When you run a role-playing campaign, your party will always throw your plans in the bin. Now there is help!
I remember my role playing campaign as a Dungeon Master with Advanced Dungeons & Dragons Second Edition. I spent months getting the campaign ready. I had a list of NPCs (Non-Player Characters) on hand prepared to jump in as the story dictated. My maps were detailed, with multiple encounters and some generic fallback encounters ready.
I was familiar with the setting and lore. I thought I was ready.
On the very first session, my party went so far away from the outlined route and my ‘planned’ deviations, I had to call the session after 40 minutes. That was depressing.
Who would have thought that trying to break into a random characters house opposite from where they should be going would become a significant plot point?
This change meant juggling prepped characters and creating some new ones to fit what the party was doing. I had to map out new areas in much more detail, as it was apparent a lot of time was going to be spent there.
That sounds like a nightmare!
It kind of was. This is a significant hurdle that scares off many aspiring Storytellers. The prevailing logic of “It’s a learning curve, you will learn to adapt to it” is true, but not always helpful.
Over the years, I started to build up ‘generic’ lists that could be quickly adapted to fit multiple scenarios and even game worlds. I still have some NPCs that I created for World of Darkness campaigns that I know will fit in my upcoming Cyberpunk Red campaign.
This is all built from experience. Like anything, the more you do something, the better you will get at it. But on Monday, I saw a Kickstarter project that will make this easier for aspiring Dungeon Masters.
Introducing Roll & Play: The Game Master’s Tabletop Toolkit.
Sam Bartlett is putting together a small A5 sized book that will help any level of GM with some guidelines to help any adventure.
It’s important to note that these aren’t rule supplements or premade adventure components. It’s various bits and pieces that can guide a GM in those moments your party takes you off track.
A random person just got pickpocketed? Roll a d20 and see what they got! The list is in gold pieces, but you aren’t limited to that. You can change the items to fit your world.
A bag of gems worth 100 gold doesn’t suit? What about a credit chit for 5,000 credits then. Or maybe a prepaid credit card with $1,000 available. Minor theme adjustments like this are a lot easier to make up on the spot than entire inventories for all the worlds characters!
It doesn’t stop there either. You can create quick NPCs including features, flaws and looks this way. Determine their motives. Discover some NPC traits. This will get players further into a gameplay session quickly, and you can then use this skeleton to flesh out the NPC later between games if required.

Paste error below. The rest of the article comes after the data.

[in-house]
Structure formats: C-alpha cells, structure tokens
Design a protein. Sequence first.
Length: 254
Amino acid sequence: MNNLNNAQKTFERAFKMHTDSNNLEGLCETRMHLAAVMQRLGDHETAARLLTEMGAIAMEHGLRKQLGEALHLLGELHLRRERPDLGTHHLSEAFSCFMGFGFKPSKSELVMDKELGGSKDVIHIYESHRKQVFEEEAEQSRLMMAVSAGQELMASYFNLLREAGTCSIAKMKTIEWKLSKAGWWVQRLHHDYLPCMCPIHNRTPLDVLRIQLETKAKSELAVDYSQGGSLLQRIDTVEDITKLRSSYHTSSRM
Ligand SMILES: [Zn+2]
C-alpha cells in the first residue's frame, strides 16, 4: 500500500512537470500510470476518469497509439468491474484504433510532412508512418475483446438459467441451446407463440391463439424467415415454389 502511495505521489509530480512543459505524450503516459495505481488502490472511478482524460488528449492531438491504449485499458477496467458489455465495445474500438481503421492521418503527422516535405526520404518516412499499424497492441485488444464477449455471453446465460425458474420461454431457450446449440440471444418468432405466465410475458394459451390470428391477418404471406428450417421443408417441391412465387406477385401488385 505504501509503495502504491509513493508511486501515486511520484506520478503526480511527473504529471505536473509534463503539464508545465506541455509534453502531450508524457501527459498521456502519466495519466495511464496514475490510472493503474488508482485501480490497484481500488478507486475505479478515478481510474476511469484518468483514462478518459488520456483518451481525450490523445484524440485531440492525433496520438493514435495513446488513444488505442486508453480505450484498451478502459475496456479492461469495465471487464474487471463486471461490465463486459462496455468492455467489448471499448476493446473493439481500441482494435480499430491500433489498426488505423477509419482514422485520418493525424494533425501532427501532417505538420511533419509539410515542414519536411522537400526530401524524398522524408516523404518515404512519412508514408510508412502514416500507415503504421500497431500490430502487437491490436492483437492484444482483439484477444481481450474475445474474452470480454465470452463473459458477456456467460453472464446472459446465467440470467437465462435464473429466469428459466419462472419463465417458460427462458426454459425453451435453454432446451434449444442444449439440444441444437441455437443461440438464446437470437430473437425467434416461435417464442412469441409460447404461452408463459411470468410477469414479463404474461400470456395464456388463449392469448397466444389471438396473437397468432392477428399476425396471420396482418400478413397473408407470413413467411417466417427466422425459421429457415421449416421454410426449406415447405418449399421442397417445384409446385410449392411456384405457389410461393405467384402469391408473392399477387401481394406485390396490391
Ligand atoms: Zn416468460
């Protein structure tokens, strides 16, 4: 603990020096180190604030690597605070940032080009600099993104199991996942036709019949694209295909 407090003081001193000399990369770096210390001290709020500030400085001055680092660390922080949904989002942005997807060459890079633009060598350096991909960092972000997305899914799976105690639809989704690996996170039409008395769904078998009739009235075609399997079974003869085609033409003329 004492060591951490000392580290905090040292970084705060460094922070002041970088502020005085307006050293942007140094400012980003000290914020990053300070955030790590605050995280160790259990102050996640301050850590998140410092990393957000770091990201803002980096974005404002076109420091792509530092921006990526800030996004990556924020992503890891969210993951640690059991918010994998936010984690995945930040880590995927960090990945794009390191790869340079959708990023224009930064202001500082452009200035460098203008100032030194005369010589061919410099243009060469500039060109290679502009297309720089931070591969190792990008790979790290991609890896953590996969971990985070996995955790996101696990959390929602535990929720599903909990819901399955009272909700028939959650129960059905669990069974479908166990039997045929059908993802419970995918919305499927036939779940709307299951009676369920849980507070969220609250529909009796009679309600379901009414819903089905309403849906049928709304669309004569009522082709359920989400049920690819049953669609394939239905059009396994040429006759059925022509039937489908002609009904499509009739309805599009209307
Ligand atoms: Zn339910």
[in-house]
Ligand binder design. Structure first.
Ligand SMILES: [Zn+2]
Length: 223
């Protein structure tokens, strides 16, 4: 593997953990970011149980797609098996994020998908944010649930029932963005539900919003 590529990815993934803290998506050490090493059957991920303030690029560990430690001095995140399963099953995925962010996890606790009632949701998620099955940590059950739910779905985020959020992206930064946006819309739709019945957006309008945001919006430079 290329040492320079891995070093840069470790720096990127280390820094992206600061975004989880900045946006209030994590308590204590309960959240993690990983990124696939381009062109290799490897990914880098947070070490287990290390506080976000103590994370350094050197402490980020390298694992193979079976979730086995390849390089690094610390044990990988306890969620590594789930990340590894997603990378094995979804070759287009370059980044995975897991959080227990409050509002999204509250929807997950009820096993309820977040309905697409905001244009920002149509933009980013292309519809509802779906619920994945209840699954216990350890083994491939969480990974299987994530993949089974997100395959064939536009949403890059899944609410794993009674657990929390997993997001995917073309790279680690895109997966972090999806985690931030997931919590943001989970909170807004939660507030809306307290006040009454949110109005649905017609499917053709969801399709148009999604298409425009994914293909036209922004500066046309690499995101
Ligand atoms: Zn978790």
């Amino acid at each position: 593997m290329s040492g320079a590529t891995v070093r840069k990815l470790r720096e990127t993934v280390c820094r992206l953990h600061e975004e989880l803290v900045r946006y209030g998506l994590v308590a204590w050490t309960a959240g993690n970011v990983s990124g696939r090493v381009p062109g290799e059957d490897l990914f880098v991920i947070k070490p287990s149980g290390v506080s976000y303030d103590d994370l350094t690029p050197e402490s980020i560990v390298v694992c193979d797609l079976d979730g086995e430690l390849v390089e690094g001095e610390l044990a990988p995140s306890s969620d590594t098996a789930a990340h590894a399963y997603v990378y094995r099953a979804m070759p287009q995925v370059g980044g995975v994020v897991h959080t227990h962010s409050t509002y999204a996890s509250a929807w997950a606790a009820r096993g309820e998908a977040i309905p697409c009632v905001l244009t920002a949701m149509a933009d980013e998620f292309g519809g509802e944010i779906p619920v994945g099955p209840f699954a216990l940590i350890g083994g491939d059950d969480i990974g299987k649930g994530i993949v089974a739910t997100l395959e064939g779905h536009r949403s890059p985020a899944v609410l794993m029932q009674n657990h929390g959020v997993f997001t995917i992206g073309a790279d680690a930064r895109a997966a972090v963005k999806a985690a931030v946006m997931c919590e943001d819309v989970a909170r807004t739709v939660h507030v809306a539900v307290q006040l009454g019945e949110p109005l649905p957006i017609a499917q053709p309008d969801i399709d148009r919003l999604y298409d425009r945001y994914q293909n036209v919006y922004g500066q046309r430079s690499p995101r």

There are also encounter ideas and world-building sections to help you along. The campaign doesn’t show examples of these yet, but with luck, that will change as the campaign progresses.
So I can just use Roll & Play as an improv campaign generator?
I wouldn’t. Not completely anyway. Use Roll & Play to help plan your campaign, sure. Just don’t run the whole thing this way.
Preparing your campaign is still a valuable skill, and essential to excellent overall player experiences. But Roll & Play will help you keep a game session going when your party takes you off your planned route. And they will.
Players will always go into places and areas you never thought of as well as focusing on talking anyone BUT the character you want them to. Every GM can tell you that.
Are you backing Roll & Play?
I am, but only at the eBook level. The idea behind the book is great, but the Aussie dollar compared to the Pound is pretty low at the moment.
While I have had folders full of this type of information in the past, this is no longer the case. Moves, forced culling and time have meant that most of my prepared items exist somewhere in the back of my head. While rusty, I still have my experience to fall back on. The eBook will be handy for the occasional lookup and inspiration.
With shipping, the Roll & Play physical edition will come close to AUD$50. If you are new to running campaigns, the cost of the physical book with its layout is a good buy. Not only can games keep going when something unexpected comes up, but it gives you some firm ideas to build from later.
The $50 will be a small price to pay compared to the feeling of having to cut games short to ‘fix’ your world between sessions. It will also help your players have a much better time, and make between session tweaking much more manageable.
Check out the Kickstarter campaign here for more info.
Until next time,